Centuries ago, it was used by the camel caravans plying the old trade route between Morocco and Timbuktu, but the closure of the Algerian border in 1994 means any overland trip, however hazardous, is no longer possible.

Halim Sbai, one of Taragalte's main organisers, speaks passionately of the need to preserve "the natural and cultural patrimony of the desert," including by allowing local people to participate, displaying their traditions and music at the festival.

The construction of a hydro-electric dam at Ouarzazate in 1972, to provide for the city's growing population and tourist trade, with its five-star hotels and golf courses, took a heavy toll on water supplies to M'Hamid, Sbai explained.

"The dam deprived the region of water that, before it was built, flowed from the High Atlas mountains all the way here."

"We are in an oasis that needs to be preserved. It's a very fragile environment. And we try to get tourists to help us with that, so we can leave it for future generations," Sbai said.


Tunisia under state of emergency

Turkey downs Russia Su-24 fighter jet on Syria border

Lavrov says no war with Turkey after 'planned provocation'

Brussels extends terror alert as US issues worldwide travel warning

Somali pirates seize Iran fishing boat with 15 crew

Missing Iranian diplomat found dead in Saudi

Heavy Russia raids at site of Syria plane crash

Tunisia declares state of emergency after terrorist attack in heart of capital

Bahrain calls HRW torture report 'misleading'

Syria, Russia foreign ministers set Moscow talks

Rival Libya tribes sign peace deal to end months of fighting

Turkey reveals new cabinet of Erdogan allies

Hopes fade away as Sudan peace talks break without deal

At least 6 dead in Libya bomb attack

ISIS suicide bombers kill four in assault on Sinai hotel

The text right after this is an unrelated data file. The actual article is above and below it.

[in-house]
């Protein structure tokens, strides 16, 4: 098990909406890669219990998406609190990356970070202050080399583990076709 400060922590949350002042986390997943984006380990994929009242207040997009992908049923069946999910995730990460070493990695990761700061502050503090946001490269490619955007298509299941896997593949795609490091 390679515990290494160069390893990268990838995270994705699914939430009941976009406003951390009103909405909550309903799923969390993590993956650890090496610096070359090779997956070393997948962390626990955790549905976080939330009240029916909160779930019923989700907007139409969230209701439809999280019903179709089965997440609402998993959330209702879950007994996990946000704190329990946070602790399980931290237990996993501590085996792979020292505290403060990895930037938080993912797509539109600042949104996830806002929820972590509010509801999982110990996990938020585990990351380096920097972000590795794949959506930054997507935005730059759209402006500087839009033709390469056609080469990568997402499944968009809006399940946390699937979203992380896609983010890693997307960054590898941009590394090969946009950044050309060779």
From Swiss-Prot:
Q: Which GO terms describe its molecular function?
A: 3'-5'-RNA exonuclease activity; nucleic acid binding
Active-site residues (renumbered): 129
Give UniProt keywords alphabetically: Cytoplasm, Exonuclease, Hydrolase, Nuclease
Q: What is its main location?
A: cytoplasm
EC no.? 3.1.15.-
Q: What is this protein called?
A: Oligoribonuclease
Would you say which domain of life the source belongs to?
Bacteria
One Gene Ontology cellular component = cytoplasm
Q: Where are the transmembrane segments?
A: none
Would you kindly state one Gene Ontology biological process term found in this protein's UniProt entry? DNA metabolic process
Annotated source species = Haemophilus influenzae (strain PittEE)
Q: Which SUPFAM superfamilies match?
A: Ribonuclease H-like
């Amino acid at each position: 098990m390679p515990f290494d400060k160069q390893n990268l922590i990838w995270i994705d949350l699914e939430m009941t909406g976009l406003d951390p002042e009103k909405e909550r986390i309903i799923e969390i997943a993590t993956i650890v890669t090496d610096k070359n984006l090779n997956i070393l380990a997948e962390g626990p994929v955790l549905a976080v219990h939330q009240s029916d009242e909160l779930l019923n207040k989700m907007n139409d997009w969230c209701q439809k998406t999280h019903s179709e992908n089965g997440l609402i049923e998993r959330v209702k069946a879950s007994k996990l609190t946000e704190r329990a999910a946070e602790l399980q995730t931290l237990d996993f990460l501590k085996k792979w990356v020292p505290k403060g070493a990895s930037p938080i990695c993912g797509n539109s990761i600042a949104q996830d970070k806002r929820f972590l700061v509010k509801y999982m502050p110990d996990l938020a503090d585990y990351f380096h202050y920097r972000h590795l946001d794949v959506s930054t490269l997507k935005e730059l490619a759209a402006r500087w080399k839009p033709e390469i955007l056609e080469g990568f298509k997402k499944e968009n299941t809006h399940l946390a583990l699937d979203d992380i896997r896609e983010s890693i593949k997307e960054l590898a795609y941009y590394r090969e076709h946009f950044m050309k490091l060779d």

Kerry visits Israel with scant hopes for major breakthrough

Hollande heads to Washington to seek support for war on ISIS

UAE blames Islamists for delay in military operation in Taez

Egypt kills 5 Sudanese migrants near border with Israel

Anti-Muslim hate crimes rise 300 percent in Britain

Russia eases restrictions on nuclear cooperation with Iran

Gulf leaders to hold annual summit on December 10

Ex-Gathafi Minister arrested over murder of UK policewoman

UK boosts military spending as pressure grows to join anti-ISIS strikes

Israel bars Palestinians from West Bank settlement bloc

Iraq suspends northern flights due to danger posed by Russia missiles

Syria army advances against ISIS in central province of Homs

Pro-Kurdish leader escapes assassination attempt in Turkey

Tunisia group claims beheading of young shepherd on behalf of ISIS

Kerry arrives in Abu Dhabi for Syria discussions

Three Palestinians killed as fresh violence hits West Bank

Iran arrests ISIS-linked cell near Iraq border

Brussels remains on high alert for second day in a row

Israel seeks to strip citizenship of those who join ISIS

France warns Libya as ISIS gains ground

Fear escalates as ISIS edges closer to Syria Christian town

Iran sentences reporter Jason Rezaian to prison

Egyptians vote in second phase of parliamentary elections

Assad grateful to Russia as army advances on ‘nearly every front’

Obama calls for resolve in face of terrorist threats

Russia bombs ISIS in heaviest strikes since beginning of Syria war

ISIS claims deadly attack on Iraq Shiite mosque

Iran Revolutionary Guard simulate capture of Al-Aqsa Mosque

Turkey-backed Syria rebels seize two border villages from ISIS

Israel shuts down second Palestinian radio station